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Abstract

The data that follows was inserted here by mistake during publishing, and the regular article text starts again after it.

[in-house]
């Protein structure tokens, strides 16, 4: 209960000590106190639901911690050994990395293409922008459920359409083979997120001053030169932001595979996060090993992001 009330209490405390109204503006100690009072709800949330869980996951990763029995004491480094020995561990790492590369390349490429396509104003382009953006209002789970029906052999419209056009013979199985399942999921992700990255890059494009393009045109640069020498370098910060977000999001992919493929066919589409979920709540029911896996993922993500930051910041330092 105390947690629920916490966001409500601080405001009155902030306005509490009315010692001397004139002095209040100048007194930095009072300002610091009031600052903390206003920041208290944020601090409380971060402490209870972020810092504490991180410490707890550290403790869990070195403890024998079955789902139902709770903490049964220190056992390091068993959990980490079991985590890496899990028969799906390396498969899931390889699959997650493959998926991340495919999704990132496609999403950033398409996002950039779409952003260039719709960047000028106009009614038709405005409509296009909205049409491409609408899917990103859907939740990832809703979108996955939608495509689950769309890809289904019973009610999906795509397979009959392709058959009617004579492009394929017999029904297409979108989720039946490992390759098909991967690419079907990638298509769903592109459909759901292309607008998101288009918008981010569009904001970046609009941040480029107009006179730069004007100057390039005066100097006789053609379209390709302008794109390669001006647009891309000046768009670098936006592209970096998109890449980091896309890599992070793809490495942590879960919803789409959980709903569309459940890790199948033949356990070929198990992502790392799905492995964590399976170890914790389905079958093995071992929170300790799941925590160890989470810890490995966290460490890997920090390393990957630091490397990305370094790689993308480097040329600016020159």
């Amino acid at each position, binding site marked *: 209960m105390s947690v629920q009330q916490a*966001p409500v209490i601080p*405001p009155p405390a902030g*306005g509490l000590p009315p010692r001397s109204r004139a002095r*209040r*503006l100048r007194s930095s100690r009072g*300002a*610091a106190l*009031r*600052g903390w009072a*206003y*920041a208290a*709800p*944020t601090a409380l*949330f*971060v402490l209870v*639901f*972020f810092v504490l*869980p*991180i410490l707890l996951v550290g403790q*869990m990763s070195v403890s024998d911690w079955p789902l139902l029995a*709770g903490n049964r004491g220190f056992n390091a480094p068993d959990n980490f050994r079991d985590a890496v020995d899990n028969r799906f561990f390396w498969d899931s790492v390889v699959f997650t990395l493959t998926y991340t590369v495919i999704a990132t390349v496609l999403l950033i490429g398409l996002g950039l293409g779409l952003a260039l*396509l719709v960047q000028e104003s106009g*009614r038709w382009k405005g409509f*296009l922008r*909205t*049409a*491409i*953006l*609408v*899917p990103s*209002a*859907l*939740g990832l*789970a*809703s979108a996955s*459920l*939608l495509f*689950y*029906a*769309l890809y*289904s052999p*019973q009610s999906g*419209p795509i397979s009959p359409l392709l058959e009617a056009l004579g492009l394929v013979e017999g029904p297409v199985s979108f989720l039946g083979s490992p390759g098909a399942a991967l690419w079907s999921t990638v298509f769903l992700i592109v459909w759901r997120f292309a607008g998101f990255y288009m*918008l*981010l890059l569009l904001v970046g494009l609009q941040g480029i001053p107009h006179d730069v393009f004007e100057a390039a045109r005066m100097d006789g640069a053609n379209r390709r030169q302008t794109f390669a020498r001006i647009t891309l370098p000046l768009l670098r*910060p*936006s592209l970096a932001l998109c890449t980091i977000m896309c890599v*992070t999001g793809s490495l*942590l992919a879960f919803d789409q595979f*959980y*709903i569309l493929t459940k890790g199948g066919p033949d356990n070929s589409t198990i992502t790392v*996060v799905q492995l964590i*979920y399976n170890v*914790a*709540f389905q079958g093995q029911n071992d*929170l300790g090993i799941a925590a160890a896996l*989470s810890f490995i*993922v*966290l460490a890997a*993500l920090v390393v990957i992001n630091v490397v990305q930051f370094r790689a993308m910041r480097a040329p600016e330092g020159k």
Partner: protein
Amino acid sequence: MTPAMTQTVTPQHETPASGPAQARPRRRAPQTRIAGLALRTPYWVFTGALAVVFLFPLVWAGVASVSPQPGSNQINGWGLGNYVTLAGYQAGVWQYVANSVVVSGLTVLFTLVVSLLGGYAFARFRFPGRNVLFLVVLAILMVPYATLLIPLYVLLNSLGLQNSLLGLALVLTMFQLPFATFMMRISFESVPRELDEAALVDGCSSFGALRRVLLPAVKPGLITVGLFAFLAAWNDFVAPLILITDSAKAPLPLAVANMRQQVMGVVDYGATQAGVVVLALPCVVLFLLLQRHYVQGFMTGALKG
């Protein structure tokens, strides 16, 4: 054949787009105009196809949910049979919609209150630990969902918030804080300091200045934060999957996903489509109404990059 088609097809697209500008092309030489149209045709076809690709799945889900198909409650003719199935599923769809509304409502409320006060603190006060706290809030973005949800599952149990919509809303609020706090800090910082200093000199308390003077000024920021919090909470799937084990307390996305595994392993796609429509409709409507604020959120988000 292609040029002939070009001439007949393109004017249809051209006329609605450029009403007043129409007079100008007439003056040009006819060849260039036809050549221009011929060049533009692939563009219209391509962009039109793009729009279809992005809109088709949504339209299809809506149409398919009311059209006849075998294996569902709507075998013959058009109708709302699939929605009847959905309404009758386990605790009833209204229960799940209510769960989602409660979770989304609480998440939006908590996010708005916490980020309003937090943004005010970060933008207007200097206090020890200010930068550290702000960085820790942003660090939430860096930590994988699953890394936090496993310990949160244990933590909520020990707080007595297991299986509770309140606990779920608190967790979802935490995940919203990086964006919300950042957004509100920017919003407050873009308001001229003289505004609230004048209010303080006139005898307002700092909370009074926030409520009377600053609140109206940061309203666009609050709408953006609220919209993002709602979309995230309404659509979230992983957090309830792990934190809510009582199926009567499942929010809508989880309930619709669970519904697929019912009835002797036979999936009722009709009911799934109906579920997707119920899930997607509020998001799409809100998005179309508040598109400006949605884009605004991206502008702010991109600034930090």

This paper examines ethnography as both a methodological practice and a form of writing, and specifically how ethnography as a textual product may shape and be shaped by the methodological process. We argue that a critical discussion of this relationship is especially important in relation to the ethnography/ethnographies of violence. Examining a range of recent texts, we consider whether different forms of violence necessitate, or have prompted, different styles of ethnographic writing. The paper raises questions about how decisions to adopt particular styles of writing can affect the substance of empirical material, and we reflect on the use of testimonio, biography and quasi-novel, as well as issues of anonymity and composite characterisation. Finally, the paper introduces the special issue contributions from five authors, who were invited to contribute reflections on the multiple ways in which their field method has intersected with representation, textually and intellectually.

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